New York - Beyond Meat is planning an initial public offering that would value the company at about $1.2 billion.
The 10-year-old company — which sells protein that is designed to look, taste and cook like beef, pork and poultry — plans to price its shares between $19 and $21 when it goes public. If it sells each share for $21, the company could raise $184 million.
That's more than the company planned when it filed for an IPO in November. At the time, it targeted an initial offering size of $100 million. The company shared more details of its plan Monday in a filing with the Securities and Exchange Commission.
Beyond Meat plans to start trading in early May.
There's public interest in plant-based protein because of concerns about animal welfare and the environmental impact of factory farming. Beyond Meat and competitor Impossible Foods, along with the fast food chains they partner with, see the trend as a huge opportunity for growth.
Beyond Meat projects that over time, the plant-based meat market could reach $35 billion in the United States.
That's an ambitious target. The global market for meat substitutes is forecast to grow from an estimated $4.6 billion in 2018 to $6.4 billion by 2023, according to research firm MarketsandMarkets.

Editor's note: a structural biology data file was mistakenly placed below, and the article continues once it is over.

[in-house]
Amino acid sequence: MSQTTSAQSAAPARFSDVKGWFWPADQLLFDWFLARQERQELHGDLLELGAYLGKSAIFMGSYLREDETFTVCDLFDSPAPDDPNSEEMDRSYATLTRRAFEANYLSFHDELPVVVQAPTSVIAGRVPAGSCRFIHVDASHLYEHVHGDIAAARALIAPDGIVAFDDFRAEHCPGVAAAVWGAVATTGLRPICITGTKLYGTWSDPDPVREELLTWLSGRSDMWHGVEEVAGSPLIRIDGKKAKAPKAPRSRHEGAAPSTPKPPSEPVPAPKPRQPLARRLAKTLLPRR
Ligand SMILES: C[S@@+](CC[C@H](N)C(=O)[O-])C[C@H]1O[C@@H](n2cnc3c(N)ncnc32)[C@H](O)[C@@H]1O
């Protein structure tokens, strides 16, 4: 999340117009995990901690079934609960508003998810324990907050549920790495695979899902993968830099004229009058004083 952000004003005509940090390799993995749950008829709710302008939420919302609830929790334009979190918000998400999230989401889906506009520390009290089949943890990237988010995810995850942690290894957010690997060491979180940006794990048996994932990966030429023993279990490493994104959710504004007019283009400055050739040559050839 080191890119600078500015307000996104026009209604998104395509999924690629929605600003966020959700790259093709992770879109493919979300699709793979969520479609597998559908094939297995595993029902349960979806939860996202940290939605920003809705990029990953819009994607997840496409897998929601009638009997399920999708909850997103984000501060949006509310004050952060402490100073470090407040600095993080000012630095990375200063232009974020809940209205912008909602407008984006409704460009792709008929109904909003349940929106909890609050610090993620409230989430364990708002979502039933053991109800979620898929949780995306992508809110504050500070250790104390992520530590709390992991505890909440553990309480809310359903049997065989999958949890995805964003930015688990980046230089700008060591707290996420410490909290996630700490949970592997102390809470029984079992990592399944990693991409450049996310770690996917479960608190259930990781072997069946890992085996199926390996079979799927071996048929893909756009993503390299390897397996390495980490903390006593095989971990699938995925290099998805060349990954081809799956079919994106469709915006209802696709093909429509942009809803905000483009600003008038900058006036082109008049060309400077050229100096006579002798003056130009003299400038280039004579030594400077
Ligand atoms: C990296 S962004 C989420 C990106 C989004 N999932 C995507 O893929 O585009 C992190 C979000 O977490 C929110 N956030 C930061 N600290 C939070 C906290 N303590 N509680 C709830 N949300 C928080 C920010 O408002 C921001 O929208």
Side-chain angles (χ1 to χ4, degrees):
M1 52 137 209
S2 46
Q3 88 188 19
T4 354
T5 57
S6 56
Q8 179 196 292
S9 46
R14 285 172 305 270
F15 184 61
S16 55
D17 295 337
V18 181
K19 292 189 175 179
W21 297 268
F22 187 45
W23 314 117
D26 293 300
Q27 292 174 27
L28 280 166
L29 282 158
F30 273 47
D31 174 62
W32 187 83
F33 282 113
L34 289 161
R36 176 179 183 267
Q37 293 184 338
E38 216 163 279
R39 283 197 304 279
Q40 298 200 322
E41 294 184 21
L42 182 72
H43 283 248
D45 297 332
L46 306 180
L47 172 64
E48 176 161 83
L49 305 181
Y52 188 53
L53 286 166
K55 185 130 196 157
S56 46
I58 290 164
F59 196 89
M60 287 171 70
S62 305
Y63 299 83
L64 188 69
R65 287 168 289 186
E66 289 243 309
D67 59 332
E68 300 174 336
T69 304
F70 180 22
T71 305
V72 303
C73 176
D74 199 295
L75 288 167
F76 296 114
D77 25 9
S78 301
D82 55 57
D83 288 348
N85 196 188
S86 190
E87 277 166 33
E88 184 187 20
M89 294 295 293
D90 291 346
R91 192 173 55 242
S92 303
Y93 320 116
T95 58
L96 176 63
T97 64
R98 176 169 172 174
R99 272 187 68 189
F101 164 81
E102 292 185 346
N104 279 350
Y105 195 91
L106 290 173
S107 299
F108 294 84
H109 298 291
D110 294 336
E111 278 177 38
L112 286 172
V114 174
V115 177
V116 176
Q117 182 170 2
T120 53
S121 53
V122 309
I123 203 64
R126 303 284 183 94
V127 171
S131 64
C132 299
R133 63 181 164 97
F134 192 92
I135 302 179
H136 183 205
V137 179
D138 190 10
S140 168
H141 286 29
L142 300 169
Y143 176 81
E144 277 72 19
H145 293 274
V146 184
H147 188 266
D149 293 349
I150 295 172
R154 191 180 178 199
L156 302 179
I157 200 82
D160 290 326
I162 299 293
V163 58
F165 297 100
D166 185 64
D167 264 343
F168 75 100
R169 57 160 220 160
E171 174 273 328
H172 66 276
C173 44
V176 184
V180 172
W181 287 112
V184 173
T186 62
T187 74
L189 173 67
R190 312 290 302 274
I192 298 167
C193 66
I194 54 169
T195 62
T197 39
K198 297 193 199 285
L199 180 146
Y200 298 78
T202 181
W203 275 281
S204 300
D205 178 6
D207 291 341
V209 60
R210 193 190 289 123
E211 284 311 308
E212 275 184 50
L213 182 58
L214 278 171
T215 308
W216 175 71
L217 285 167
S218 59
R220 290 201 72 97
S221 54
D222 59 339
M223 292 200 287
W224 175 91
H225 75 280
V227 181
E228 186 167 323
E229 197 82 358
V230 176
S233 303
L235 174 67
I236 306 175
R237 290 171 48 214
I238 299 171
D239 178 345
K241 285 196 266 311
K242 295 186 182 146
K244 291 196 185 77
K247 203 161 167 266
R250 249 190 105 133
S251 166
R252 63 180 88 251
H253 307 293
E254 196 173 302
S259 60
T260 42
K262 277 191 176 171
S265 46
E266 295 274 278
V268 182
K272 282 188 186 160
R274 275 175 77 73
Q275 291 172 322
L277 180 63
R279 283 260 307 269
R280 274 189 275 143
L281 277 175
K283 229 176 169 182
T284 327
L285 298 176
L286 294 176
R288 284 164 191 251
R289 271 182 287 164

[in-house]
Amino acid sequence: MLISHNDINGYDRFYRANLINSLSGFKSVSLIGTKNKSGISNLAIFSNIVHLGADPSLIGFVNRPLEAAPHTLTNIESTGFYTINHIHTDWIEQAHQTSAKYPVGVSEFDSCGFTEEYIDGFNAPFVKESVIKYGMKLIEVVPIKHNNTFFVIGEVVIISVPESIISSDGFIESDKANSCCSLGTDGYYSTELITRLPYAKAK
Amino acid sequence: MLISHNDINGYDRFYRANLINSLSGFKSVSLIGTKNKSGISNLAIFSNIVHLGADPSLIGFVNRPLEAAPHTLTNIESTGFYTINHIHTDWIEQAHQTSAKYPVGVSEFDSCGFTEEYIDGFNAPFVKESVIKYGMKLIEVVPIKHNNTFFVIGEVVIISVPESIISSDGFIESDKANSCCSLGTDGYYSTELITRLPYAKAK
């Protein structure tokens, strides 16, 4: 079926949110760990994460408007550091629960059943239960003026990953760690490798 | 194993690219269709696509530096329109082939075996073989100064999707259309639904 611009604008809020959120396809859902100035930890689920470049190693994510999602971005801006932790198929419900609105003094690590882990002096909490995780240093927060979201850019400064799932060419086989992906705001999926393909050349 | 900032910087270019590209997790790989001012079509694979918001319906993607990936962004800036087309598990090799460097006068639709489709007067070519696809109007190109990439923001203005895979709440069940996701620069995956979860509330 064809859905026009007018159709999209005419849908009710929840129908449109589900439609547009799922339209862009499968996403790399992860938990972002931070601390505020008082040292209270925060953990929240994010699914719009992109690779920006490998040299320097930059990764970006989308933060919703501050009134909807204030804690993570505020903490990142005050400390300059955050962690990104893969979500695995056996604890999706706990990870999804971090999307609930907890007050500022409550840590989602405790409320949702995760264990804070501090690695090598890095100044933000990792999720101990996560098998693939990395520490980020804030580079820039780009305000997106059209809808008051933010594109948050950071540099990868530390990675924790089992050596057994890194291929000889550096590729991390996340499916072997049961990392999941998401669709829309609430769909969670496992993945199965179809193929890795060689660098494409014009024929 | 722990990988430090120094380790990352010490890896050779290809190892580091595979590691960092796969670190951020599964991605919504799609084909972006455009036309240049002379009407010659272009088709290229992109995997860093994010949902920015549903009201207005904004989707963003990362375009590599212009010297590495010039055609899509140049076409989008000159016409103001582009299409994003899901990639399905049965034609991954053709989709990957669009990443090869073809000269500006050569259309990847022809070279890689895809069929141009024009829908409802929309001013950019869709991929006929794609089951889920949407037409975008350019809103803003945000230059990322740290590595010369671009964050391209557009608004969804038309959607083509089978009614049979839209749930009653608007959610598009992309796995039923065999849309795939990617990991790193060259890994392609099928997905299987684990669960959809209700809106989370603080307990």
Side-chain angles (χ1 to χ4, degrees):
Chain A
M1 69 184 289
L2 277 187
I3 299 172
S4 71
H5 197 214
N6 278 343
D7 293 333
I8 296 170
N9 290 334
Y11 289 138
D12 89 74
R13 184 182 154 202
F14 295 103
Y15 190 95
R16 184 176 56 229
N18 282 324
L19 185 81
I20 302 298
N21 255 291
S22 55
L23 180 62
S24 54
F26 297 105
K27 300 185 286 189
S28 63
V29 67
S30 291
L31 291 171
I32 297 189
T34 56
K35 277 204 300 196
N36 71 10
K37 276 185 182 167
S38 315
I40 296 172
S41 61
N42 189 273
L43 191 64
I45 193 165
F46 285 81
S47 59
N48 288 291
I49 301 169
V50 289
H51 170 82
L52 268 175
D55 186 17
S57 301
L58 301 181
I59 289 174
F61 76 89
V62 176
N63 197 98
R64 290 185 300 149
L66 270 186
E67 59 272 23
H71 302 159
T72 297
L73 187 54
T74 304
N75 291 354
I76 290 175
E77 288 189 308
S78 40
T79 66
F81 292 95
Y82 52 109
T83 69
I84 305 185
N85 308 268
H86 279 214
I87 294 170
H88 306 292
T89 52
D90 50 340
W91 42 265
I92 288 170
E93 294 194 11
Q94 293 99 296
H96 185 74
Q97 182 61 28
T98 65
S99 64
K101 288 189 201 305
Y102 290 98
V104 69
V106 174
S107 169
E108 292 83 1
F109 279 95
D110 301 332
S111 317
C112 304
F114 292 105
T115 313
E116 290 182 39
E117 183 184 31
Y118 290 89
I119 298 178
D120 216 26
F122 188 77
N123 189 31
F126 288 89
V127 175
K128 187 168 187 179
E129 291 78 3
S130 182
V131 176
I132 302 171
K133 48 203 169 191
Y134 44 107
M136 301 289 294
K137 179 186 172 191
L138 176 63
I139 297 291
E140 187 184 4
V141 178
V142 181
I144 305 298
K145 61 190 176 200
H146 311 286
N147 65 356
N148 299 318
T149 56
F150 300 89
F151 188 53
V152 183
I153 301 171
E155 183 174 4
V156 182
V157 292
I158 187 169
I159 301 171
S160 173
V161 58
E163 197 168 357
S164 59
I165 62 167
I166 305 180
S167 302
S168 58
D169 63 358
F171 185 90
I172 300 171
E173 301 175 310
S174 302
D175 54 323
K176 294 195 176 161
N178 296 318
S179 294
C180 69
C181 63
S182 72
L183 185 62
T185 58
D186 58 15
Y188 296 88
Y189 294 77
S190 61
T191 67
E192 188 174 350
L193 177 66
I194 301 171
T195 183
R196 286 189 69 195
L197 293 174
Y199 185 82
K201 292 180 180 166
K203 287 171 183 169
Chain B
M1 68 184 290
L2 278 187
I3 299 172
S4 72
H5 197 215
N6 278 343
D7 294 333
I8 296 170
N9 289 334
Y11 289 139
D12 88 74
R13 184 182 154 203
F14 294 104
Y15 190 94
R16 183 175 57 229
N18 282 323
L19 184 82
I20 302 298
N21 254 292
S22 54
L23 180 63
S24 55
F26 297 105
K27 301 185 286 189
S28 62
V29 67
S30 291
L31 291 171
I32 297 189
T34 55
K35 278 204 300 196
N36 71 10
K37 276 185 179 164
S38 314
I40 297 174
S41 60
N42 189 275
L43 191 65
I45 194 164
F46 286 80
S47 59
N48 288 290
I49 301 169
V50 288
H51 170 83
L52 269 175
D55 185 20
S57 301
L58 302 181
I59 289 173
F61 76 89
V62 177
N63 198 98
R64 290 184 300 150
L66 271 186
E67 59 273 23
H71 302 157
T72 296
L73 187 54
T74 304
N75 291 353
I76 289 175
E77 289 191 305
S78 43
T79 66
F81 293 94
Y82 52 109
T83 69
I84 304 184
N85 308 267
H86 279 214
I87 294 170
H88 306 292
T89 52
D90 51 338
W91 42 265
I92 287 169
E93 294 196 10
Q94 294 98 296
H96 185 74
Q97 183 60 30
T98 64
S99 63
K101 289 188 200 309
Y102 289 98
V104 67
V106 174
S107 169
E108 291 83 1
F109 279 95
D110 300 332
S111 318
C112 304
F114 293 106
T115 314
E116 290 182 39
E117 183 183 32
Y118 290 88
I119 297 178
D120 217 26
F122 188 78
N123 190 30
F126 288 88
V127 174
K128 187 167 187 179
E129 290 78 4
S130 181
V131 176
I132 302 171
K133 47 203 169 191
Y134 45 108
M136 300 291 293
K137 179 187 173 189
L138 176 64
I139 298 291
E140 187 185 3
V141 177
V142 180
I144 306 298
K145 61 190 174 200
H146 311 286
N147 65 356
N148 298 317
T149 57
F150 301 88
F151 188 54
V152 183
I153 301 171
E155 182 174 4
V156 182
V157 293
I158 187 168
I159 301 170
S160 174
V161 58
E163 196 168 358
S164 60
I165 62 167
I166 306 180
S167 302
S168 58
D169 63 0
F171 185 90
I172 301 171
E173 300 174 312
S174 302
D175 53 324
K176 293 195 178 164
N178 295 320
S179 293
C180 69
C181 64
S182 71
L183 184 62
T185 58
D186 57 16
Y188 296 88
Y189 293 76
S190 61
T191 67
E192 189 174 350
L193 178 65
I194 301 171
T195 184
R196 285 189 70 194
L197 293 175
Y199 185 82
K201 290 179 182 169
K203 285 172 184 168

Beyond Meat has benefited from the the plant-based meat substitute trend.
In its filing, Beyond Meat reported that its net revenue has grown from $16.2 million in 2016 to $87.9 million last year. Today, customers can buy Beyond Meat protein in stores, or eat items made with Beyond Meat proteins at some fast food chains, such as Carl's Jr.
Beyond Meat also lost $29.9 million last year, which it attributed to investments in "innovation and growth of our business." The company added that it expects to continue investing in innovation, supply chain capabilities, manufacturing and marketing.
As Beyond Meat moves closer to an IPO, Impossible Foods is exploring important partnerships.
Earlier this month, Burger King started testing out an Impossible Whopper — a vegetarian version of the Whopper that uses protein provided by Impossible Foods. The Impossible Whopper could encourage people to eat at Burger King more often, even on days when they're avoiding meat. It could also bring more vegetarians into the fold, Burger King said.
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